This is a fabulous book that tries to step out of the confining and controlling aspects of certain stories.
A young black woman, whose parents are Windrush survivors, describes her upwardly mobile education and career from a working class background into Cambridge, banking and a boyfriend in the political, elite British classes. The ascent is hard work and it has costs, costs that impair her health, freedom and conscience.
The story explores the lead up to a weekend at her boyfriend’s family seat alongside a doctor’s appointment in which she discovers she has cancer. No one will let her escape the blackness she embodies within and without. She longs for freedom, but it will cost her life.
Helen ran away from home as a young teenager. Bad things happened to her and she had a baby too young to know how to look after it. That baby was taken away by the System. But twenty years later that baby comes looking for her and along with love and hope comes a need to face the past, especially when her baby, her bee, has children of her own.
I don’t want to say much more about the plot of the story because that would ruin the novel. I will say that Alex Morrall approaches the complexities of Helen’s life with careful consideration, thinking through how hard it is to live with truths we would all want to run from. Helen’s mental health naturally suffers and Alex Morrall develops a linguistic tic – Beep. Beep. Bop. – that represents Helen’s attempts to run from the pain that still lives in her mind.
The story is a difficult, but heart-warming one and would make a wonderful read for a book group eager to explore all the issues that surround the characters. Mental health, social services, racism and abuse are all explored and looked at from multiple facets with different perspectives coming in to give their sides of the story. This is a modern, multicultural Britain in all its beauty and ugliness.
For those of you interested in exploring more, I’ll be discussing this novel with Alex Morrall at City Writes, the showcase for all the wonderful writing coming out of City, University of London’s creative writing short courses, this Wednesday 7th July at 7pm on zoom. You can register here.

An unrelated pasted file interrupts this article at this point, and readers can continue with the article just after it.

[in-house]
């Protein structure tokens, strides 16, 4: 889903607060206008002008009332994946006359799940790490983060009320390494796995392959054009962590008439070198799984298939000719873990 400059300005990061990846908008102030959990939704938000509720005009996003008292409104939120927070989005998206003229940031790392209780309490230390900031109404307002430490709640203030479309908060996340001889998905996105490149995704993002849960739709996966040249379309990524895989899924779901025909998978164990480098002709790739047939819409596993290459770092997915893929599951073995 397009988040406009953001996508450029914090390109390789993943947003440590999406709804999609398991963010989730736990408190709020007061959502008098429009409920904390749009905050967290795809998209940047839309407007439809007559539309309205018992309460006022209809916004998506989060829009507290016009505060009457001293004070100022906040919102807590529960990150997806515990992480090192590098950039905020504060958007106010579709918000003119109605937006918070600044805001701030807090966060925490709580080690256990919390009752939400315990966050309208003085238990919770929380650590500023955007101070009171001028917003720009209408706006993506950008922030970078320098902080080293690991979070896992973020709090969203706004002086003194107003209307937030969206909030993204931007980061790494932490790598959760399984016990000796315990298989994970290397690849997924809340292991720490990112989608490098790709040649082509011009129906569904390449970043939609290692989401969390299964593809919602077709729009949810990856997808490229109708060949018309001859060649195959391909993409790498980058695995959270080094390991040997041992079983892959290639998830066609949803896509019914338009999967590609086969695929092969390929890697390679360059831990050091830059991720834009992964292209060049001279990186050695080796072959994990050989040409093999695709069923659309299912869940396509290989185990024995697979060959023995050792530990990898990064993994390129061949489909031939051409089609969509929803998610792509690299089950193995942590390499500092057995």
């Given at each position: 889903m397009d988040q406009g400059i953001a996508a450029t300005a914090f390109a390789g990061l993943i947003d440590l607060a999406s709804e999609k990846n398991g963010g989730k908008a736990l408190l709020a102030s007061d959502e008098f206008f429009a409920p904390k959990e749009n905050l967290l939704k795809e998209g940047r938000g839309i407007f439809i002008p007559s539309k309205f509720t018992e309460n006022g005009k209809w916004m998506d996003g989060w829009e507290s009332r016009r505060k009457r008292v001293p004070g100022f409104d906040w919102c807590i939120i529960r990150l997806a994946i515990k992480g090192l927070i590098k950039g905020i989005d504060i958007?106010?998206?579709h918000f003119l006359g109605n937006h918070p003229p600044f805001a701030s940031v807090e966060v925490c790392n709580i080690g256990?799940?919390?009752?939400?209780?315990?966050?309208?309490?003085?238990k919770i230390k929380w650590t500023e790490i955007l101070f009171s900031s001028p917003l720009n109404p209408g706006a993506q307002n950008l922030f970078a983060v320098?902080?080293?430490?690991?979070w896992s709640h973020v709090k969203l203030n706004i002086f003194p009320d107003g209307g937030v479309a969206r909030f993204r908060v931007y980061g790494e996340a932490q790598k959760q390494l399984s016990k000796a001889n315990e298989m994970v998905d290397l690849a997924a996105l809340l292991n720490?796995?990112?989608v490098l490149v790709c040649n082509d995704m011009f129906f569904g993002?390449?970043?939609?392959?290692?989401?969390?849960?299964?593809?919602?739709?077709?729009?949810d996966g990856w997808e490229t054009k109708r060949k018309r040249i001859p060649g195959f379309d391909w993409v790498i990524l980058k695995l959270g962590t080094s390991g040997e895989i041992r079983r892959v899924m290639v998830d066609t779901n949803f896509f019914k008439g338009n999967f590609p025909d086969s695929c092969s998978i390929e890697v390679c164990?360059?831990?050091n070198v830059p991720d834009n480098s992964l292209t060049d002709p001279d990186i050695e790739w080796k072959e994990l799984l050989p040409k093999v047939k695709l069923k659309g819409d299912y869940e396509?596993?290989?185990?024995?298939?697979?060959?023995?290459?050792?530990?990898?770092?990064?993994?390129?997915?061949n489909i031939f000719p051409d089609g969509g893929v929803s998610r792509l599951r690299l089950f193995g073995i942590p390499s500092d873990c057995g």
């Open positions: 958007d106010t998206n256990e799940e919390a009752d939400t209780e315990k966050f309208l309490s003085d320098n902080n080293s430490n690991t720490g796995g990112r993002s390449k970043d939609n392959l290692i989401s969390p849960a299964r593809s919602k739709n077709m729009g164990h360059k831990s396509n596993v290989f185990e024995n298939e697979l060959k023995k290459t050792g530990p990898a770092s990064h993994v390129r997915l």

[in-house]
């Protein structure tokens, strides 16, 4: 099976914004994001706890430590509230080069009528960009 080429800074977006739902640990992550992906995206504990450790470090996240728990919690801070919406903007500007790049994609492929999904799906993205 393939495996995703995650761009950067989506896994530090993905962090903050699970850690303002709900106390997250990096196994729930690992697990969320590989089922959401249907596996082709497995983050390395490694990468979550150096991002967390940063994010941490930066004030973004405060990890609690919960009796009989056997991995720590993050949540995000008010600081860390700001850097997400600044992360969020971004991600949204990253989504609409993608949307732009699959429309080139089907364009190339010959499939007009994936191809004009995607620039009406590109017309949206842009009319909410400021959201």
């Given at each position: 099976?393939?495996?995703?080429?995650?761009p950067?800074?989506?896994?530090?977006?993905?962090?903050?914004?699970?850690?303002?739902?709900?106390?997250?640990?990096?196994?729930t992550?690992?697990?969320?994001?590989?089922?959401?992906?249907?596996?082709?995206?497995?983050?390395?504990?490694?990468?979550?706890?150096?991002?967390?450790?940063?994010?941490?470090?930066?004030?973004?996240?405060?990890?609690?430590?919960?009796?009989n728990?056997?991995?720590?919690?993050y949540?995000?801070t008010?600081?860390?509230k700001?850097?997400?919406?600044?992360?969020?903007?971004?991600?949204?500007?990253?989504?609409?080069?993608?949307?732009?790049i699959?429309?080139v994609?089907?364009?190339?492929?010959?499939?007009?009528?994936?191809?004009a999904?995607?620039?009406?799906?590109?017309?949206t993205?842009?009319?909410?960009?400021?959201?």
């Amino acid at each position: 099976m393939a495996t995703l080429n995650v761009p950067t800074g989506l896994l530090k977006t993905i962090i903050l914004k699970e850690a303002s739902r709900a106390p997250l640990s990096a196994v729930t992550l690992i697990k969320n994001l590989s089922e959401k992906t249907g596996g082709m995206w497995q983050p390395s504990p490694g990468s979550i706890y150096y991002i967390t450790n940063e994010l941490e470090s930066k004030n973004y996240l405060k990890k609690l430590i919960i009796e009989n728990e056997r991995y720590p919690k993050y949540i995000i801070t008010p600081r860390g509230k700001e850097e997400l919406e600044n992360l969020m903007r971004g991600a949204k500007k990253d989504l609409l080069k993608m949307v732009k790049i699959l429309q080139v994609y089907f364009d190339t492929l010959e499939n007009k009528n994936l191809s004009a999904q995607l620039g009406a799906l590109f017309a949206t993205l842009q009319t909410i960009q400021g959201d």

This is an extraordinary book that defies expectations.
Vern lived and grew up in Cainland, in the deep South of America, where a community of black people believe their God, the God of Cain, will keep them from harm, keep them honest and safe from the white devils.
Vern is albino and as such has always been different. Cainland’s leader takes a fancy to her, partly because she brims with questions and defiance and thinks marriage to him, despite her young age, will keep her tame. But Vern will not be contained. When she runs from the compound she is heavily pregnant.
We think we know this story. It holds familiar echoes. But what teenage mother could give birth to twins, alone in a forest, strap them to her chest and run and swing through trees to escape a pursuer with a gun and wolves? What teenage mother could survive in a self-made shelter, foraging for food, making her own clothes, teaching her twins, alone in the forest? This is no ordinary young woman and Cainland is much more than it seems. How could such a community survive in the American South without incident? Who really has the power in Cainland? Why can no one seem to run away, until now…
Part speculative fiction, part painful contemporary realism, Sorrowland doesn’t fit the usual moulds but takes the reader on a journey for freedom that explores race, sexuality and the boundaries of the human mind and body as something rooted in the natural world. At times crazy, but always an exciting ride, this is a genre busting novel with a powerfully raw emotional heart that beats loudly in the reader’s ears. You’ll know if this sounds like your kind of thing.
I’ll be reviewing Helen and the Grandbees by Alex Morrall next, followed by Everybody by Olivia Laing. Apologies to those who follow the blog for my slow write-ups recently! I’m reading the books but not getting the blogs up fast enough. I hope you can bear with me.